14 September, 2009

Day Three and “Cutlery”

Actually, the sun was out the first day, too. It was actually kinda hot.

And the sky was almost as blue here as I know it is in New Mexico. Lindsay’s dorm overlooks a large hill we have aspirations to climb. I’m sitting on the windowsill right now writing this, looking at that big green hill and the courtyard of Holland House.

We did some Orientation stuff today, and got free food—the one meal I had to buy was worth it this time, but I am still finding myself for once in my life quite satisfied with not overeating. That should tell you something about the food. Met some nice people, though it doesn’t matter to me because I won’t be here in a week.

One hi-larious quick note before I go get ready for the Ceilidh (dance, pronounced “Kay-Lee”). Lesson One in mastering the Queen’s English (she can keep it, by the way): Knife, fork, spoon. Silverware, right? Any decent American knows precisely what you mean when you ask in a cafeteria where the silverware is stowed. Apparently, in Scotland/Britain,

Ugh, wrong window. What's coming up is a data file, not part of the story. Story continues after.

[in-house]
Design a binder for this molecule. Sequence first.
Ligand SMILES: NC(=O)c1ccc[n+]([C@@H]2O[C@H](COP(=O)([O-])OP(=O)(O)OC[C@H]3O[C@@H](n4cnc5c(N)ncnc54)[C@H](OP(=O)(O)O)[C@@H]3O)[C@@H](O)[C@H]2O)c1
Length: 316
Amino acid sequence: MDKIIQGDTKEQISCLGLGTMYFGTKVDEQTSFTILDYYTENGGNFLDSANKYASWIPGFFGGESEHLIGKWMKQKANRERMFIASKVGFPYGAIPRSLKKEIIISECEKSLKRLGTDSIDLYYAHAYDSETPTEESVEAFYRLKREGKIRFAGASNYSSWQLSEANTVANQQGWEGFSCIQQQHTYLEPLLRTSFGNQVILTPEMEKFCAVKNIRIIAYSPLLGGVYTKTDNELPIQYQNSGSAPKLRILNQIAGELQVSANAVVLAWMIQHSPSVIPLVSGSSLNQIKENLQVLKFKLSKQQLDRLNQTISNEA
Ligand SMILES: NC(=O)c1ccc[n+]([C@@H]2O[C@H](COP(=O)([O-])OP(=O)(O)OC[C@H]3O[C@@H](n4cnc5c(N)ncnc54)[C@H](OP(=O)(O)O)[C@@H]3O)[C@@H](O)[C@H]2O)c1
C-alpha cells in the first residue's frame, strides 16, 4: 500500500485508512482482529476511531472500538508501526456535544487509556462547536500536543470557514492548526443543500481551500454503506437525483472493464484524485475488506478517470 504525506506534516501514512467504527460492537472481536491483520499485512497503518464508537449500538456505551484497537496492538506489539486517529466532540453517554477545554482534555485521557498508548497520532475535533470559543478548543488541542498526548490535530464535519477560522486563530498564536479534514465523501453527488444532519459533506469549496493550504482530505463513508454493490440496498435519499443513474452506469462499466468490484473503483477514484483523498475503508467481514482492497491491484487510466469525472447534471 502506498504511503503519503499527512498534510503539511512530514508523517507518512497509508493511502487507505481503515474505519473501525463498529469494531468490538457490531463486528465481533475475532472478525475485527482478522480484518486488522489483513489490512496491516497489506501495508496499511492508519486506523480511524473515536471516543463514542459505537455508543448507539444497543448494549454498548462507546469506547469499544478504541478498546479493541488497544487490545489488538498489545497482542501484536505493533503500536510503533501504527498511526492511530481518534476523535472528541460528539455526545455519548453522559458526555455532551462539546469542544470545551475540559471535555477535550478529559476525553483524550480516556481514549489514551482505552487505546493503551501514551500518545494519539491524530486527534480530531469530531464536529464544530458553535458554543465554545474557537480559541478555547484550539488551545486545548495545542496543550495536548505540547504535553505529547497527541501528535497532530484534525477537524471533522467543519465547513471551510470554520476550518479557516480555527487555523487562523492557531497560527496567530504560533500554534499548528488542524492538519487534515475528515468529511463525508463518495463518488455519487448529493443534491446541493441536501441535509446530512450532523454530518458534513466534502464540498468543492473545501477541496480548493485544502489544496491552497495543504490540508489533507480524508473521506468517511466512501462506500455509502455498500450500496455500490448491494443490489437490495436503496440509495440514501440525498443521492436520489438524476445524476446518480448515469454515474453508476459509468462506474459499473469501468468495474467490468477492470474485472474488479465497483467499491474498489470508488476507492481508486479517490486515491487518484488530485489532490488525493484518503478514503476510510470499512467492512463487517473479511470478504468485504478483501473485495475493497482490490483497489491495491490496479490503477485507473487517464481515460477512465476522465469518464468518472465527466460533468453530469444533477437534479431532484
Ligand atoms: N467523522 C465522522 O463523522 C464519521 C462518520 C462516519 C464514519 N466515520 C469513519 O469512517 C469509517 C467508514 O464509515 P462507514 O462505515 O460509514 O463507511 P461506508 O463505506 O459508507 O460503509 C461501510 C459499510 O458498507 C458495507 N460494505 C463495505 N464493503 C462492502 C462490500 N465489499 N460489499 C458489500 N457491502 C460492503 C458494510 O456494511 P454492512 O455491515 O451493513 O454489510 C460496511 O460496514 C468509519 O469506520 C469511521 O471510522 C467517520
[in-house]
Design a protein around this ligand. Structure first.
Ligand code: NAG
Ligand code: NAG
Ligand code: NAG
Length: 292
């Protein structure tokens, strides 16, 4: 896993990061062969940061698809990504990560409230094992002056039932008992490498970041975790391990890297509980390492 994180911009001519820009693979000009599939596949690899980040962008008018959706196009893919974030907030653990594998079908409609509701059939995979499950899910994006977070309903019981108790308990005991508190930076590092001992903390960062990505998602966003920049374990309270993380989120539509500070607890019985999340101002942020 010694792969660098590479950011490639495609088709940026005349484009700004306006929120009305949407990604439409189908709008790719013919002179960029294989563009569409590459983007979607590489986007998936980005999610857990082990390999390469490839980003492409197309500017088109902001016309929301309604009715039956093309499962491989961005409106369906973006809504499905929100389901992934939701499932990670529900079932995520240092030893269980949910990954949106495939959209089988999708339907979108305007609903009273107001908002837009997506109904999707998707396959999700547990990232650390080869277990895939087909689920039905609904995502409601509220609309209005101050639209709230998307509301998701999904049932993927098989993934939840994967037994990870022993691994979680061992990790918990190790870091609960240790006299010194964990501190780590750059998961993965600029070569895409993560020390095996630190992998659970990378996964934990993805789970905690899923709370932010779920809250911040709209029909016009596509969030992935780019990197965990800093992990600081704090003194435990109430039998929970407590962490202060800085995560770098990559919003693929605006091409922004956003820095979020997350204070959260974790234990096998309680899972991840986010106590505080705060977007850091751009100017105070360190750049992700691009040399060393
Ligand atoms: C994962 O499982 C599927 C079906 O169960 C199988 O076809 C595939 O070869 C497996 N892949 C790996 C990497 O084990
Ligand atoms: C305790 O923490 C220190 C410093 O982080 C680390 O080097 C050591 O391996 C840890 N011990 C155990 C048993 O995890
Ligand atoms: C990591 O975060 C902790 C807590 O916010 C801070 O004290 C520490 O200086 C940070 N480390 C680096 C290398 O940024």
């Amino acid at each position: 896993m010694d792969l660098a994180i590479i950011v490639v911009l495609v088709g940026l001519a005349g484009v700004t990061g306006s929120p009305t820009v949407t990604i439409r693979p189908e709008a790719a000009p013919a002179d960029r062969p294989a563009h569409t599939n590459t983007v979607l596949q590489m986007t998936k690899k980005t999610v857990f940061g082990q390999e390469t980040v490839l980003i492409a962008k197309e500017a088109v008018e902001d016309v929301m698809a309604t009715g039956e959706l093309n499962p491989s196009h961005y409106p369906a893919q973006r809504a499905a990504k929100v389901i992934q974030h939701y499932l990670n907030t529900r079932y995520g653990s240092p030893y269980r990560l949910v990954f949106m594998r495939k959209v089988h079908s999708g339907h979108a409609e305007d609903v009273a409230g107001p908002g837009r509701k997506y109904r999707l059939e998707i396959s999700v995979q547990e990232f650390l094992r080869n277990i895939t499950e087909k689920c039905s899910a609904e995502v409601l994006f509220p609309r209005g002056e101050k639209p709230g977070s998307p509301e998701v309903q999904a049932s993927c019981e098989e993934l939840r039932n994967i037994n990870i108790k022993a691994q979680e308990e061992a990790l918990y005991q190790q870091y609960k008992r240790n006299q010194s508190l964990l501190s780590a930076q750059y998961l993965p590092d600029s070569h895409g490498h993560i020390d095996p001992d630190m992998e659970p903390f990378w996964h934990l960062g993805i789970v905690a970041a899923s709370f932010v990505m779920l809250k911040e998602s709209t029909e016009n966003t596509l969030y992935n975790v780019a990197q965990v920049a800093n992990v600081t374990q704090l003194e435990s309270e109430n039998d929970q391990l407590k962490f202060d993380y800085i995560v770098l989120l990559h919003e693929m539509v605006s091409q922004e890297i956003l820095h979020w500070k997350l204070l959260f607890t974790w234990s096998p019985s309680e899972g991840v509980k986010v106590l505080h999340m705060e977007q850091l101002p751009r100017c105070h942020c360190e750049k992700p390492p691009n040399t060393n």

you sound totally pretentious if you ask for “silverware”—like you’re asking for silver-ware. A nice blonde informed me of this in the sweetest, most bemused way: it sounded a little too patrician for her (after we had asked about nineteen other people where this silver-ware was).

“What, a knife and fork?” she said. (Not Scottish—very South English, smooth as butter.)

“Yeah, what do you call them?” my reply.

“Cutlery.” I think she thought I was cute, the way people find small children saying big words cute. “Silverware sounds a little more fancy, don’t you think?”

No, I did not think so. But I was glad she told me, anyway.

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